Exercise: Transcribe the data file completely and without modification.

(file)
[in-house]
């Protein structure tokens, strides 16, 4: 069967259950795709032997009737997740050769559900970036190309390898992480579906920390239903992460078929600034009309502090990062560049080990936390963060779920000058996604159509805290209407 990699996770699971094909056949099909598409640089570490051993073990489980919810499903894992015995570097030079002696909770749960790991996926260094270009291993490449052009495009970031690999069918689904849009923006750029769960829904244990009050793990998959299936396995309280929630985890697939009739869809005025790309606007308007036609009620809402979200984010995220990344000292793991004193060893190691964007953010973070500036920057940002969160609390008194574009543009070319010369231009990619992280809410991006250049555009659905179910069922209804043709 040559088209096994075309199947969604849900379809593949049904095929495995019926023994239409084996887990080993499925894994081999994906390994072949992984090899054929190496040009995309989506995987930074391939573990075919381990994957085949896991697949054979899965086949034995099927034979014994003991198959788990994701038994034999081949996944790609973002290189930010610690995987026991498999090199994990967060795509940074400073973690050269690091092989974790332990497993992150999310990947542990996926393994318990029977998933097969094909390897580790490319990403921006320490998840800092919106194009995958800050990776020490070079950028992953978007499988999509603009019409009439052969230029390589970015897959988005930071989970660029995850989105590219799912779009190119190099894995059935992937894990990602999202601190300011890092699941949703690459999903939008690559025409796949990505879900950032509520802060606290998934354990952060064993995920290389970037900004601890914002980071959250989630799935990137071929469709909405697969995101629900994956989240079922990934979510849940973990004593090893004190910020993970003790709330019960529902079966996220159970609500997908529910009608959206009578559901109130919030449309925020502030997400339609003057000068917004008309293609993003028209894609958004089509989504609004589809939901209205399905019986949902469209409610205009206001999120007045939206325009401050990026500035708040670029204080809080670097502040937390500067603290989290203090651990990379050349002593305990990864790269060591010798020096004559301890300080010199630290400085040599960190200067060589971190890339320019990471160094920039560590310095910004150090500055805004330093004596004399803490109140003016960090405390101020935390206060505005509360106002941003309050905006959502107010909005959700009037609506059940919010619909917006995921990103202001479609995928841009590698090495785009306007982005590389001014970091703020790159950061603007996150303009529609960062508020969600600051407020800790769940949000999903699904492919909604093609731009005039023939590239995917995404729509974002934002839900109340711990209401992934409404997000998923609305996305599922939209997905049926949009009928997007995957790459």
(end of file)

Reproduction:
[in-house]
């Protein structure tokens, strides 16, 4: 069967259950795709032997009737997740050769559900970036190309390898992480579906920390239903992460078929600034009309502090990062560049080990936390963060779920000058996604159509805290209407 990699996770699971094909056949099909598409640089570490051993073990489980919810499903894992015995570097030079002696909770749960790991996926260094270009291993490449052009495009970031690999069918689904849009923006750029769960829904244990009050793990998959299936396995309280929630985890697939009739869809005025790309606007308007036609009620809402979200984010995220990344000292793991004193060893190691964007953010973070500036920057940002969160609390008194574009543009070319010369231009990619992280809410991006250049555009659905179910069922209804043709 040559088209096994075309199947969604849900379809593949049904095929495995019926023994239409084996887990080993499925894994081999994906390994072949992984090899054929190496040009995309989506995987930074391939573990075919381990994957085949896991697949054979899965086949034995099927034979014994003991198959788990994701038994034999081949996944790609973002290189930010610690995987026991498999090199994990967060795509940074400073973690050269690091092989974790332990497993992150999310990947542990996926393994318990029977998933097969094909390897580790490319990403921006320490998840800092919106194009995958800050990776020490070079950028992953978007499988999509603009019409009439052969230029390589970015897959988005930071989970660029995850989105590219799912779009190119190099894995059935992937894990990602999202601190300011890092699941949703690459999903939008690559025409796949990505879900950032509520802060606290998934354990952060064993995920290389970037900004601890914002980071959250989630799935990137071929469709909405697969995101629900994956989240079922990934979510849940973990004593090893004190910020993970003790709330019960529902079966996220159970609500997908529910009608959206009578559901109130919030449309925020502030997400339609003057000068917004008309293609993003028209894609958004089509989504609004589809939901209205399905019986949902469209409610205009206001999120007045939206325009401050990026500035708040670029204080809080670097502040937390500067603290989290203090651990990379050349002593305990990864790269060591010798020096004559301890300080010199630290400085040599960190200067060589971190890339320019990471160094920039560590310095910004150090500055805004330093004596004399803490109140003016960090405390101020935390206060505005509360106002941003309050905006959502107010909005959700009037609506059940919010619909917006995921990103202001479609995928841009590698090495785009306007982005590389001014970091703020790159950061603007996150303009529609960062508020969600600051407020800790769940949000999903699904492919909604093609731009005039023939590239995917995404729509974002934002839900109340711990209401992934409404997000998923609305996305599922939209997905049926949009009928997007995957790459």